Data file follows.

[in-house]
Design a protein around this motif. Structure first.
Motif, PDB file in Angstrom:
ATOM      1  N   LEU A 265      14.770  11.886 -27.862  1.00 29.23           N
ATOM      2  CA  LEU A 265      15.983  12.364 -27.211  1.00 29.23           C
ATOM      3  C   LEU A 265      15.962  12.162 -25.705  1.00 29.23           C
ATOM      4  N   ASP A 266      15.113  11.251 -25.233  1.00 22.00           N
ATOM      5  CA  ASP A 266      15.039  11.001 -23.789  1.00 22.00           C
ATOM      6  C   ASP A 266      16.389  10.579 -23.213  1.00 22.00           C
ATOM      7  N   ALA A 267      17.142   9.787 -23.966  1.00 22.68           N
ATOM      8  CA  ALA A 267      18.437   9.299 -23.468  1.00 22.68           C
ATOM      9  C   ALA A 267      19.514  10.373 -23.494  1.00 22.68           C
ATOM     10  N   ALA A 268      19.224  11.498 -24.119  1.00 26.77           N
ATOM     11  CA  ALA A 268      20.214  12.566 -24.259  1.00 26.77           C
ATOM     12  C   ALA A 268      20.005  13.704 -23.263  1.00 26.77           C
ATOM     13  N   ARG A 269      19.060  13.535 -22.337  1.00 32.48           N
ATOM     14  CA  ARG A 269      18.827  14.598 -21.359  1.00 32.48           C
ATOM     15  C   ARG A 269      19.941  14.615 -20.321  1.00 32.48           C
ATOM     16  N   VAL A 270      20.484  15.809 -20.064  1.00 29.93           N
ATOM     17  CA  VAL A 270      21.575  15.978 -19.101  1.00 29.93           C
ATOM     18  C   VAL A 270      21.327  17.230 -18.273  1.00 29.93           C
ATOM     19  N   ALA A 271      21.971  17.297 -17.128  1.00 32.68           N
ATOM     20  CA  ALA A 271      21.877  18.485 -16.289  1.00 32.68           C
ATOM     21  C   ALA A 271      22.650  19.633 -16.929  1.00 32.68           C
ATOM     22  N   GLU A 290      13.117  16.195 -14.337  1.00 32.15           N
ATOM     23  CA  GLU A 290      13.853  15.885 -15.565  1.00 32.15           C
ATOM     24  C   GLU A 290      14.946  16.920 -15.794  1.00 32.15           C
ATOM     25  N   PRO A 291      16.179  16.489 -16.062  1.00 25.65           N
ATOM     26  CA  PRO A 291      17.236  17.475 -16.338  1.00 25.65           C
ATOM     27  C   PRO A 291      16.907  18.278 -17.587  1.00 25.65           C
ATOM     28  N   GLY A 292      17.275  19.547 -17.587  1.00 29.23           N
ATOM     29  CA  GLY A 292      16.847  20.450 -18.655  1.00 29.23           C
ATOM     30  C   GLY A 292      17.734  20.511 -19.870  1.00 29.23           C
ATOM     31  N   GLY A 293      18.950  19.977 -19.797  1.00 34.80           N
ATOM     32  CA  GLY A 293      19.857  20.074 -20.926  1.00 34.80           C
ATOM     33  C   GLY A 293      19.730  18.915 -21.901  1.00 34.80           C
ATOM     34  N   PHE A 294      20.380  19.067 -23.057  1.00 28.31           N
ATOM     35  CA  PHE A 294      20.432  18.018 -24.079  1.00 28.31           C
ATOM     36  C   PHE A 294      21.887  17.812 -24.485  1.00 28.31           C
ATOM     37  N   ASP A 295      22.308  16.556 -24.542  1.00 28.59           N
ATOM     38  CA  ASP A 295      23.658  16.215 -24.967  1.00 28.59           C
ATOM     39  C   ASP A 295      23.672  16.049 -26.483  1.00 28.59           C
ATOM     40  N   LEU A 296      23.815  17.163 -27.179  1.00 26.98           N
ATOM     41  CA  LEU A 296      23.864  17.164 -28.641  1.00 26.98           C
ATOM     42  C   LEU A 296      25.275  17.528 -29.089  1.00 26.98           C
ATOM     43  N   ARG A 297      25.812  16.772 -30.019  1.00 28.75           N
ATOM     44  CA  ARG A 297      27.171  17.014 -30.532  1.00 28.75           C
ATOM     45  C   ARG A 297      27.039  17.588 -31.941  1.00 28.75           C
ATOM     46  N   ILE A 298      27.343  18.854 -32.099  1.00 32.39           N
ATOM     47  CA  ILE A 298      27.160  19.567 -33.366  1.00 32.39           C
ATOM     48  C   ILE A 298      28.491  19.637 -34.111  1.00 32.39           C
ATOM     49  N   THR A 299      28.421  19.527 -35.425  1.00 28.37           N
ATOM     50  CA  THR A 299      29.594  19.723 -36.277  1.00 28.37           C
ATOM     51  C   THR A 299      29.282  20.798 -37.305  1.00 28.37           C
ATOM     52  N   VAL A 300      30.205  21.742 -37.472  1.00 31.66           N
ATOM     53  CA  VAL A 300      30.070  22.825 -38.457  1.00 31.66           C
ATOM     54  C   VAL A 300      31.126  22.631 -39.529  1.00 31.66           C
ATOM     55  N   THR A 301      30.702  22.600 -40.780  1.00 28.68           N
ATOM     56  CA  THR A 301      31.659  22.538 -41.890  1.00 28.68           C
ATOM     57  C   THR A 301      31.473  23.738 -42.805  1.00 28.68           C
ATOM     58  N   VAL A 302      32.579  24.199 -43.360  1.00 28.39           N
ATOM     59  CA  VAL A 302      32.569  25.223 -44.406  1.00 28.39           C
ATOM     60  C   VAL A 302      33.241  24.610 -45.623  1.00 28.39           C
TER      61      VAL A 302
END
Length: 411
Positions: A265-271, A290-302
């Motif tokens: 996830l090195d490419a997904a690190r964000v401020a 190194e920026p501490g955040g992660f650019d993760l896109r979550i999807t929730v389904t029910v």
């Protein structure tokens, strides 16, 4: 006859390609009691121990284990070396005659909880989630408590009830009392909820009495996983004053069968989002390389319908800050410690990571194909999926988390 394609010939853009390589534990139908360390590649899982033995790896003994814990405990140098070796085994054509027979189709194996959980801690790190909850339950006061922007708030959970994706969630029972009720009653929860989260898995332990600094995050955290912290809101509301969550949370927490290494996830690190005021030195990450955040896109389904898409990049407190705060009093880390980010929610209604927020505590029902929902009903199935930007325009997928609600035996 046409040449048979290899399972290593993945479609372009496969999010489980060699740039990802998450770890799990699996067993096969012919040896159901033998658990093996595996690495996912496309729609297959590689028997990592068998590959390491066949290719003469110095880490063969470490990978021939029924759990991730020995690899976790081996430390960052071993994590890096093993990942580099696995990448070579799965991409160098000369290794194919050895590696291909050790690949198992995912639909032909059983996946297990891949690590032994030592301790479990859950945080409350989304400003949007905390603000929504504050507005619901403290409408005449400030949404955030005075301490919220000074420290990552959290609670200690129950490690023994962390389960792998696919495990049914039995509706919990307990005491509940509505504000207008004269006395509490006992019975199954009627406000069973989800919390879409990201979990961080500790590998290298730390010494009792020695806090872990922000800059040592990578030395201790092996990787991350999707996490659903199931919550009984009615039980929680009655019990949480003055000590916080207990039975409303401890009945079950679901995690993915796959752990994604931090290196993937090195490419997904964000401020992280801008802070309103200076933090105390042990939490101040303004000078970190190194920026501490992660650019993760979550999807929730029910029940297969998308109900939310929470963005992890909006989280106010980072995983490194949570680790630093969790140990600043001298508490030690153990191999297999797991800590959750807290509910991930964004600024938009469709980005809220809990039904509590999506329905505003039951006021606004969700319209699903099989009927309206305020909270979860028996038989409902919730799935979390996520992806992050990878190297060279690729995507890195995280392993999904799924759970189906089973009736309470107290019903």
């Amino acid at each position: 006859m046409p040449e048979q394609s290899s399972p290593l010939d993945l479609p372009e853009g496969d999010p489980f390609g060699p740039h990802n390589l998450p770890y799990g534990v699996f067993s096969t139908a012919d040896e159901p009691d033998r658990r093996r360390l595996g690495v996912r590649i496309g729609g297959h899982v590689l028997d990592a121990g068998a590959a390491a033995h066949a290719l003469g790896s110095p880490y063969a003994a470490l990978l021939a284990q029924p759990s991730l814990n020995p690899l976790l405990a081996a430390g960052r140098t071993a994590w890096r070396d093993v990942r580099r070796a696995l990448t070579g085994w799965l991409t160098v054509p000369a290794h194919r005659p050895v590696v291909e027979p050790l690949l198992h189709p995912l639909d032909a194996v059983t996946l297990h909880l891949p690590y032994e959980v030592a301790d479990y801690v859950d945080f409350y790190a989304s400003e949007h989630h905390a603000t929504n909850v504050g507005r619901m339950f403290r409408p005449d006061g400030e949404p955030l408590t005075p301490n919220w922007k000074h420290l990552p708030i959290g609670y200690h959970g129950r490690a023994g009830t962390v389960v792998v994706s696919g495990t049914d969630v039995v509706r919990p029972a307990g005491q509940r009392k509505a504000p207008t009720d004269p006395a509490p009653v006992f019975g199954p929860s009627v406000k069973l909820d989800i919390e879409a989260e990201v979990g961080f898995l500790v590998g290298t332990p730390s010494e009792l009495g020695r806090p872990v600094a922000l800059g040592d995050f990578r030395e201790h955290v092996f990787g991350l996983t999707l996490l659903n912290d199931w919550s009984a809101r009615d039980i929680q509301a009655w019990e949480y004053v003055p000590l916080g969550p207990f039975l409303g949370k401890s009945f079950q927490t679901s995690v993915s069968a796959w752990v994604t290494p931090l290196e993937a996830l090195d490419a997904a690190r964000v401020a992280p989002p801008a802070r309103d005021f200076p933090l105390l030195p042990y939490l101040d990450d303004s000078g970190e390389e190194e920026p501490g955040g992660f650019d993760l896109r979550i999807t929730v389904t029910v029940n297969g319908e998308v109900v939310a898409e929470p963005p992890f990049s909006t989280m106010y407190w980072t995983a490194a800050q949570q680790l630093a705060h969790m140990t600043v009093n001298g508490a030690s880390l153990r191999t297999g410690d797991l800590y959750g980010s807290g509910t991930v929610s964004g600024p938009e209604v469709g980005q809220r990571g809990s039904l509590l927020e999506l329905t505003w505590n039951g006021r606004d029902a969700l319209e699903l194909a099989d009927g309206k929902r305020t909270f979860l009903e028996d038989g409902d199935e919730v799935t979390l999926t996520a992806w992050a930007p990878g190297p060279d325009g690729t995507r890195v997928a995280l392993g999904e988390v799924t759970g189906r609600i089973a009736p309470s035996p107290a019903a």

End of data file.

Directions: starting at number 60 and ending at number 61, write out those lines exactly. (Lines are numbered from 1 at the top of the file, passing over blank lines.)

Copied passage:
ATOM     57  C   THR A 301      31.473  23.738 -42.805  1.00 28.68           C
ATOM     58  N   VAL A 302      32.579  24.199 -43.360  1.00 28.39           N